May 25th is the day that the many marketers have been dreading…it’s the day the EU General Data Protection Regulations (GDPR) go into effect. This broad-reaching change to existing privacy regulations is a very big deal, however, understanding the ins and outs of what this means for your organization doesn’t have to be daunting.

In this series of posts explaining GDPR, we will examine areas of the regulation that marketers need to pay attention to. Compliance with GDPR is not going to happen overnight. The key to compliance is understanding key aspects of the legislation that require changes in processes across the organization and specifically, as it relates to marketing.

Overview: The basic principles of GDPR were developed to ensure protection of the privacy and data of EU citizens. The significance of this legislation is broad-reaching and impacts all areas of an organization from customer support to sales and marketing and everything in between.

One major catalyst for GDPR compliance? The penalties associated with non-compliance under GDPR are staggering.

A breach can cost as much as €20 million euros or 4 percent of annual revenue, whichever is higher.

Now that you are paying attention, for this first post we will focus on two main areas of GDPR: Scope and Consent.

Scope: Clearly, as a European Union (EU) legislation, this applies to EU residents. It also applies to the protection of data of any EU resident that may be processed or stored outside of the EU. What does that mean for marketers?

It means that we need to understand the full digital footprint of customer and prospect data. This means documenting where and how every piece of personal data is in our organizations, and we need to identify how it is being used. Even if you are a marketer in the US, sending out a webinar invite to your database, you may be violating GDPR if you don’t have the GDPR-required explicit consent from the individual you are emailing in Italy.

Where to start? A  data audit. As marketers often have many disparate platforms in our martech stack, especially large retail or enterprise organizations, data can be stored in any number of silos. This means marketers and their organizations need to identify where all customer data resides across platforms (CRM, marketing automation, internal and external databases).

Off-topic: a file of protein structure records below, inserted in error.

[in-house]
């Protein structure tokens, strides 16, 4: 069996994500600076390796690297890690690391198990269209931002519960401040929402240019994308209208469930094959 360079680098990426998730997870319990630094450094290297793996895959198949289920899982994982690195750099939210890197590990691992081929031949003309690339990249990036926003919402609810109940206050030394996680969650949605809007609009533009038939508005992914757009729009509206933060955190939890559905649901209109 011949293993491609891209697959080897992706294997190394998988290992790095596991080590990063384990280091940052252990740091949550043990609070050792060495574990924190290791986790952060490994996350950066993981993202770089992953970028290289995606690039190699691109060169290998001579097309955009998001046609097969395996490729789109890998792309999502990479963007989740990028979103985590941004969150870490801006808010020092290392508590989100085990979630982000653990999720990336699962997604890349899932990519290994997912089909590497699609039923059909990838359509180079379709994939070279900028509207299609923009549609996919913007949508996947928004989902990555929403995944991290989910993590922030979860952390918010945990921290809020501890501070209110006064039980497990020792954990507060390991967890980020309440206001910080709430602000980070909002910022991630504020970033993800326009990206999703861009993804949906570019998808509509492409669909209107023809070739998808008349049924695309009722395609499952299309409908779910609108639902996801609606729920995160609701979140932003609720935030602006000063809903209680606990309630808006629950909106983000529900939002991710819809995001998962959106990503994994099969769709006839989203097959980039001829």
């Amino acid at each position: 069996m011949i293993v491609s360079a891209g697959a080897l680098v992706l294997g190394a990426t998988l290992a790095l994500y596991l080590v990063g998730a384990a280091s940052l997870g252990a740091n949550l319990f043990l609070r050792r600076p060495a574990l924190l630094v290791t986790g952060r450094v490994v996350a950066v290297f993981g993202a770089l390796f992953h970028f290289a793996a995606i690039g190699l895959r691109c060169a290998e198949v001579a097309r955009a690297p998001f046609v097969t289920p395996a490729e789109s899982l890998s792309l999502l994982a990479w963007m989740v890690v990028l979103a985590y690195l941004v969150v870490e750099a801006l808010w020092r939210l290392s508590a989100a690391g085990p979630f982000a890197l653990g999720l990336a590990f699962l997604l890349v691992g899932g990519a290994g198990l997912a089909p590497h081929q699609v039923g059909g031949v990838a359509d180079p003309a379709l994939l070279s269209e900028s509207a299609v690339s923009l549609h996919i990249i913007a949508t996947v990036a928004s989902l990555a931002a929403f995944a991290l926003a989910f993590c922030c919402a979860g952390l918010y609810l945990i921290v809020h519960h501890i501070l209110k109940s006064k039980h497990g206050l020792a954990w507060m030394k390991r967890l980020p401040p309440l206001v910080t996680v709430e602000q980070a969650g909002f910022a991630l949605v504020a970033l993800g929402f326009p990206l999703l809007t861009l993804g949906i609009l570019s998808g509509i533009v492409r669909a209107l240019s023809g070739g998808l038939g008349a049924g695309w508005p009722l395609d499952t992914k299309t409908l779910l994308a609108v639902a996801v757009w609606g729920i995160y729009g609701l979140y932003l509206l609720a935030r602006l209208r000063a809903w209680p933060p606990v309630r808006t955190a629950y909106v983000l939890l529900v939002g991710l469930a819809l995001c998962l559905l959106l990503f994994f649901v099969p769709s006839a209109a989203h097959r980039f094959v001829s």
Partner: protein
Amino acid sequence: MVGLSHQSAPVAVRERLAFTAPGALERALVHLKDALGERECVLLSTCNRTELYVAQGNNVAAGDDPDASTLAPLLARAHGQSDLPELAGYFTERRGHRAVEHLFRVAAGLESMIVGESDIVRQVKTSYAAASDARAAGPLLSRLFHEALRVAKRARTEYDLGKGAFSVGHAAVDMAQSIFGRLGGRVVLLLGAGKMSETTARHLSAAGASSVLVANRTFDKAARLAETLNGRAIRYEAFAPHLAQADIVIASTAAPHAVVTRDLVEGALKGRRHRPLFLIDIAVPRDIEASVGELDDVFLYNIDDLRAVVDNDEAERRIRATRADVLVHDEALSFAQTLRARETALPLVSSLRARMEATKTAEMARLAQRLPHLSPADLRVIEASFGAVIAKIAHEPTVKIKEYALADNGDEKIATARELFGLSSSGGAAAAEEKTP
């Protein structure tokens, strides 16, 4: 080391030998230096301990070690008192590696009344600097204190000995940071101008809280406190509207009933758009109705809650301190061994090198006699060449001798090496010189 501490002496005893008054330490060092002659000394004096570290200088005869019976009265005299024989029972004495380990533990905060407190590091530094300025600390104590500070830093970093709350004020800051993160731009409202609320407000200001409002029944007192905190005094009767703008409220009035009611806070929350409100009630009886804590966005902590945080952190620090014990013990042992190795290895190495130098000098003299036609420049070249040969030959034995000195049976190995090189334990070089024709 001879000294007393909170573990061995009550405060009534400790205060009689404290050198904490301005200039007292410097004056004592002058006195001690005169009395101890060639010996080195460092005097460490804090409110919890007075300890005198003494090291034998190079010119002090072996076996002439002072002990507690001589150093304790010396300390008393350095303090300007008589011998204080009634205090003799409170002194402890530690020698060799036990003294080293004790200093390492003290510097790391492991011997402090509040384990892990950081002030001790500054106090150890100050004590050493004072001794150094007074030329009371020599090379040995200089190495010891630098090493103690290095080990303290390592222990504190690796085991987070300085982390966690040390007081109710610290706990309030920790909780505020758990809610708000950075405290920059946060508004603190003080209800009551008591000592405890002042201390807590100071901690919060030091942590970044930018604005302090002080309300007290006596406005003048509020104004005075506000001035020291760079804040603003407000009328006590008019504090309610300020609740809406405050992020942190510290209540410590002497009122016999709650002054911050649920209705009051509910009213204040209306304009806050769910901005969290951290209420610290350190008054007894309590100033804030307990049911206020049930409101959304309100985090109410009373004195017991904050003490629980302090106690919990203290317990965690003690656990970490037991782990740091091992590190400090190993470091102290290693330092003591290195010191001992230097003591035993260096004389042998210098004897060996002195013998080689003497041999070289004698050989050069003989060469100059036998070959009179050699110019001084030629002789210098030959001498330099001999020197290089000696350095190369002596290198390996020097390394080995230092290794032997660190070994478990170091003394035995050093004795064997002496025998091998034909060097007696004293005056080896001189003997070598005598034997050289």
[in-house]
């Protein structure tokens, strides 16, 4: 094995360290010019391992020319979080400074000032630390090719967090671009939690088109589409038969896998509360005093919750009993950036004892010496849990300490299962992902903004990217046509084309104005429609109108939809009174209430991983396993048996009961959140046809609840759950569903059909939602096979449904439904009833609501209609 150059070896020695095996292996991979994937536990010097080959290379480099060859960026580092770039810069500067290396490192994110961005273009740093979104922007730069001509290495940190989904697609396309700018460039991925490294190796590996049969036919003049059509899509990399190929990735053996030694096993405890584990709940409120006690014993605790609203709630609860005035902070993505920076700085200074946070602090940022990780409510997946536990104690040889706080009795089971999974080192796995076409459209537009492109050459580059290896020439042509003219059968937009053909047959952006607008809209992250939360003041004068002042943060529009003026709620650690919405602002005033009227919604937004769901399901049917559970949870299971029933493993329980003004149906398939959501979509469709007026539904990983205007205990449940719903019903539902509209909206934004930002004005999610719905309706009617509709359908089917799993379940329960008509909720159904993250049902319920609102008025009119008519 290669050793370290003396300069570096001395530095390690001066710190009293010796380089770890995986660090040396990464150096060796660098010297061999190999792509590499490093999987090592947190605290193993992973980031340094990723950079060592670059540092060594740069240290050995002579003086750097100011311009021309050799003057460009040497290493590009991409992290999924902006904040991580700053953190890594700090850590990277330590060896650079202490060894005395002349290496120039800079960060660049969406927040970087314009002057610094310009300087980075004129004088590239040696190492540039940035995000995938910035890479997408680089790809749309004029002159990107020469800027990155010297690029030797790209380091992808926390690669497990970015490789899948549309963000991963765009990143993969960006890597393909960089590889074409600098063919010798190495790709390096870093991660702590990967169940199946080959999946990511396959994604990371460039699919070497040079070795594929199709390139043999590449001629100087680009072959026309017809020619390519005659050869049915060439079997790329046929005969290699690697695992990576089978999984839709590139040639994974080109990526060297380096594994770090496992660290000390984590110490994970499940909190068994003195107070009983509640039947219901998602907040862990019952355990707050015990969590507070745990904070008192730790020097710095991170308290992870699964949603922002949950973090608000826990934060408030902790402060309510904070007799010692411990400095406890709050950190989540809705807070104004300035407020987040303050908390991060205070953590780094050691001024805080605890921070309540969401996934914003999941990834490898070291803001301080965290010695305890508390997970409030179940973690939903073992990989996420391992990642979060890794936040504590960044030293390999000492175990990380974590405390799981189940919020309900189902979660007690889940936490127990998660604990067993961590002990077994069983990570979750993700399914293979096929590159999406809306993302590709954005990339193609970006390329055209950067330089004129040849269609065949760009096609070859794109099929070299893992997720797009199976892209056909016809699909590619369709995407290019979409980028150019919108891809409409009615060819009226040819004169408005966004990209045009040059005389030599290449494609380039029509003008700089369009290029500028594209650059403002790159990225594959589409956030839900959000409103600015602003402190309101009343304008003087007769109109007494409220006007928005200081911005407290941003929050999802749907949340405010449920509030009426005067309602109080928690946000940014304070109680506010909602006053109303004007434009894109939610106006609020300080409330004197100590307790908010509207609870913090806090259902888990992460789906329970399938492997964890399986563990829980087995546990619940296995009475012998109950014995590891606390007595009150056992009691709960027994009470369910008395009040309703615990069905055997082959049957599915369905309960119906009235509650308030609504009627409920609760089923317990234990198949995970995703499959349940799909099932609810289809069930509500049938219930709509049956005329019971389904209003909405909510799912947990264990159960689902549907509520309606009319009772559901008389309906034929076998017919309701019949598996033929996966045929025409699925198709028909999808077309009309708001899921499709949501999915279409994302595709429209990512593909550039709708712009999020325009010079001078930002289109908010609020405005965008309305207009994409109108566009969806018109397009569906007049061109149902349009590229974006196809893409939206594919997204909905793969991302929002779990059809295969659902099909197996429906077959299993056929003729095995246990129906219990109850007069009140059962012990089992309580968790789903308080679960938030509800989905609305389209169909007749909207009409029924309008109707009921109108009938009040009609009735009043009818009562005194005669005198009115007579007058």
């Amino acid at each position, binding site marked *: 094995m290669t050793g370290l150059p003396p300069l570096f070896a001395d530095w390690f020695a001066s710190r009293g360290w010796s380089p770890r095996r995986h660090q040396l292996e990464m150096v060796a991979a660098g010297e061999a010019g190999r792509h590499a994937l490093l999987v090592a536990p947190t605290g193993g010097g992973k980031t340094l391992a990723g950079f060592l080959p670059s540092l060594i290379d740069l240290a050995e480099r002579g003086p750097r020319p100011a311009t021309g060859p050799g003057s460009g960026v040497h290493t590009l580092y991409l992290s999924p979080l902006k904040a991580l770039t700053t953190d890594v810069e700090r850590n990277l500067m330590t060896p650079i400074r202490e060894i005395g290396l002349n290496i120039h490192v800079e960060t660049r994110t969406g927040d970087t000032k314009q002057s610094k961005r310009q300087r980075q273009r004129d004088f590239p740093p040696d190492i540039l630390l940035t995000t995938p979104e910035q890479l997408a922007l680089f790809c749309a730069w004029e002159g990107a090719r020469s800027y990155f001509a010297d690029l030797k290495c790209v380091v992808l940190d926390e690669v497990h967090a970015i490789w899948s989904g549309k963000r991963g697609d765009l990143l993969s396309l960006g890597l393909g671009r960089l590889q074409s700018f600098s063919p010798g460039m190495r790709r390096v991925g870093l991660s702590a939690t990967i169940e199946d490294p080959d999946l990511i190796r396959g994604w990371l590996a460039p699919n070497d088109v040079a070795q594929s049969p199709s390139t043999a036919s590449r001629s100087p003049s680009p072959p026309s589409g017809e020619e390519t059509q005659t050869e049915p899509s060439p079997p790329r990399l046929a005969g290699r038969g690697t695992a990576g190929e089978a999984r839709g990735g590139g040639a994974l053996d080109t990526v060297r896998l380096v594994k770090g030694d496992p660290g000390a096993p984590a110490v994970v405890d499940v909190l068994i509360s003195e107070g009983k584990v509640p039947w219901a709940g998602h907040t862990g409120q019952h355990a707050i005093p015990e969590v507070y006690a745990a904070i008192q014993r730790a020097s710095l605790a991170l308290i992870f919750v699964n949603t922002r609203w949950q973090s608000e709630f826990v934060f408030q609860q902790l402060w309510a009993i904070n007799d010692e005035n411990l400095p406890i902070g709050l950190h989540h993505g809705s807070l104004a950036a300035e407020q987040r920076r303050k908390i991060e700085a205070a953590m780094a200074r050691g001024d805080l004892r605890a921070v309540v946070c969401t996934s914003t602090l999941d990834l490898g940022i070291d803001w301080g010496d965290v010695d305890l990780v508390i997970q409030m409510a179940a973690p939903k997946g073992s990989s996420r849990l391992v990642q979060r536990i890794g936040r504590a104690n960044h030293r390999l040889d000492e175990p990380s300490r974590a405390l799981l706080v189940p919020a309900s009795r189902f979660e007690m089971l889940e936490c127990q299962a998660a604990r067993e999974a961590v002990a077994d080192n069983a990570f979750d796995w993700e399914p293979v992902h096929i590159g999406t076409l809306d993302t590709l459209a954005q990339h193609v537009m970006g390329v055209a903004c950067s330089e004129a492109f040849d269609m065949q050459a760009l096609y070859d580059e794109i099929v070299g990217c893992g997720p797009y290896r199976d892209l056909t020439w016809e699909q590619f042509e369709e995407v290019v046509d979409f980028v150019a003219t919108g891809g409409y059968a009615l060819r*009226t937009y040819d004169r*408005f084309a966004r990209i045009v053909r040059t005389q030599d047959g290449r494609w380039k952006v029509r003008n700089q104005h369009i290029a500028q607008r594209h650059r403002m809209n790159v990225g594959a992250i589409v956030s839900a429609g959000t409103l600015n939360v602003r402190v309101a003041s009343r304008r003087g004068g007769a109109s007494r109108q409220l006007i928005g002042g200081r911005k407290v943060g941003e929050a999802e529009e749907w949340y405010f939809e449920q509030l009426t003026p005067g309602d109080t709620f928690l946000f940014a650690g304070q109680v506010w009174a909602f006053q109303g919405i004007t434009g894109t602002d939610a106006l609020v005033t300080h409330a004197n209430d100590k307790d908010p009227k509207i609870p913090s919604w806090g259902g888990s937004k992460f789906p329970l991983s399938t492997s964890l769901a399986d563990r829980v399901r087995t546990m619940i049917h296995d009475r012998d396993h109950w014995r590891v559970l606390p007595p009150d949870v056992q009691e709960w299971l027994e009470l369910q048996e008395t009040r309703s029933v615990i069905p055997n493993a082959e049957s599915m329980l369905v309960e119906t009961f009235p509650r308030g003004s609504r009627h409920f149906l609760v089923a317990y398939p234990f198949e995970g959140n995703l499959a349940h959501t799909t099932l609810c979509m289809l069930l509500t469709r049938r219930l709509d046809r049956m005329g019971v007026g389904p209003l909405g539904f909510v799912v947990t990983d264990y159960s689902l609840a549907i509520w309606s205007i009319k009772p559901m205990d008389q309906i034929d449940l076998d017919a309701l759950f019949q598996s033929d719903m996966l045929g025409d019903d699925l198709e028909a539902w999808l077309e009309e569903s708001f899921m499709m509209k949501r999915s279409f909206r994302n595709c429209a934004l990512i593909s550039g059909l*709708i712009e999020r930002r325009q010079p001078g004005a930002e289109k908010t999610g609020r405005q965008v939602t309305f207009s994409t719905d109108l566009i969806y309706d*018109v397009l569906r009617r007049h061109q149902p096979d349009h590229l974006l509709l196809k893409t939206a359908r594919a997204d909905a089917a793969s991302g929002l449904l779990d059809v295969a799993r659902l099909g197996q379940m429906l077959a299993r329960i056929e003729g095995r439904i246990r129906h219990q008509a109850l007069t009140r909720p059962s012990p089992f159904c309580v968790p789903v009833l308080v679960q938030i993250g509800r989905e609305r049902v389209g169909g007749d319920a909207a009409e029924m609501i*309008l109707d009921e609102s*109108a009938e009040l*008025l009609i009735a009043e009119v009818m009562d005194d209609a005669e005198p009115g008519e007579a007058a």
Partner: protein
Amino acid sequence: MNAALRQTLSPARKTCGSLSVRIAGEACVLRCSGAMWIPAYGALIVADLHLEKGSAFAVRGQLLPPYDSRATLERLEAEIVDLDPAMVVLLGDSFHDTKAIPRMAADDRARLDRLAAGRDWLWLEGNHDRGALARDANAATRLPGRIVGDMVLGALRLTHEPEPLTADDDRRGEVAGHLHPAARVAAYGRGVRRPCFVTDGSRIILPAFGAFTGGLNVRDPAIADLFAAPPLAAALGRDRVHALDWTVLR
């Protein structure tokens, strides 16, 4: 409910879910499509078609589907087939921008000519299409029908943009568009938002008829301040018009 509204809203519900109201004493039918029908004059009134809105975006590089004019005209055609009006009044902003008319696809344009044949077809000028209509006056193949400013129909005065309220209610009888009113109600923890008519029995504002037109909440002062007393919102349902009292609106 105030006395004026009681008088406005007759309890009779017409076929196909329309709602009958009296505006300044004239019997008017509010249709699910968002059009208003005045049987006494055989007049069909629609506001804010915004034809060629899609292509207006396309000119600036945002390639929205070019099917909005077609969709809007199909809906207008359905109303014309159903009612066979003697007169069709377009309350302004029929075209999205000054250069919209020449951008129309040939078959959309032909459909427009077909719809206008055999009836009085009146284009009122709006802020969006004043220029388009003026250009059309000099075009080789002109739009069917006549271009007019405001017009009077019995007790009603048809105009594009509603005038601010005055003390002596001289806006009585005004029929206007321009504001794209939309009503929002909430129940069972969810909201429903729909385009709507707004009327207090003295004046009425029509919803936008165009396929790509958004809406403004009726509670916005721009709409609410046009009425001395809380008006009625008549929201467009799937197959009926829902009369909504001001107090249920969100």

Include any third party solutions as well, because you are responsible for compliance of that data too.

Start identifying data storage locations today to understand your vulnerabilities. Document where data lives, how it is stored and if consent for data usage has been given. There will be gaps in consent as the definition of consent has changed with GDPR. But, don’t panic yet. Start with the audit .

Consent: The definition of consent per the GDPR is “Any freely given, specific, informed and unambiguous indication of his or her wishes by which the data subject, either by a statement or by a clear affirmative action, signifies agreement to personal data relating to them being processed.”

What is not consent under GDPR? Making someone uncheck a box to opt-out or assuming consent without explicitly asking for it. Marketers no longer “own” customer data. In fact, we never did, but we acted and marketed like we did. GDPR empowers the individual to own and protect their data. Additionally, part of consent is being able to see what data an organization has on an individual and being able to produce that for review, edit or even erasure. More on that in the next post, part two.

Best practices for obtaining consent? Ask for it explicitly. Provide a clear view of your organization’s privacy policy (you should go back and review with legal counsel your statement to ensure it meets GDPR guidelines), and offer links to a preference center so that individuals can clearly give consent for specific marketing and sales communications.

Brands should be acting now to ‘repermission’ their lists,” according to a recent article in Forbes.

To freely give consent, individuals must know exactly what their data will be used for, referred to as specific consent. An individual giving consent to be on a mailer, doesn’t mean they give permission to be contacted via phone.

Transparency is an important part of GDPR, as individuals want to and have a right to know what their data will be used for and why. If you are clear about your use of data (better customer experience, educational materials, marketing materials, or otherwise), state explicitly what you intend to do with the data.

The upside to GDPR? Marketers and sales only want individuals interested in our solutions and communications to receive them anyway. The idea of mass marketing, or non-personalized marketing has been over for at least a decade and GDPR may just help marketers and their organizations better connect and engage with their buyers.  

Preparing for GDPR by establishing best practices around data privacy and protection will highlight some of the mistakes that marketers have been making for years.  And it will most likely leads to smaller databases. That doesn’t have to be a negative consequence.

GDPR compliance will not happen overnight. But the pathway to compliance might give marketers the opportunity to develop new processes and implement better personalized experiences that will drive higher engagement. And let’s not forget about that €20 million euro fine.

Demystifying Personalization

Watch for part two of the GDPR series. Subscribe to our blog here to ensure the content comes to you:

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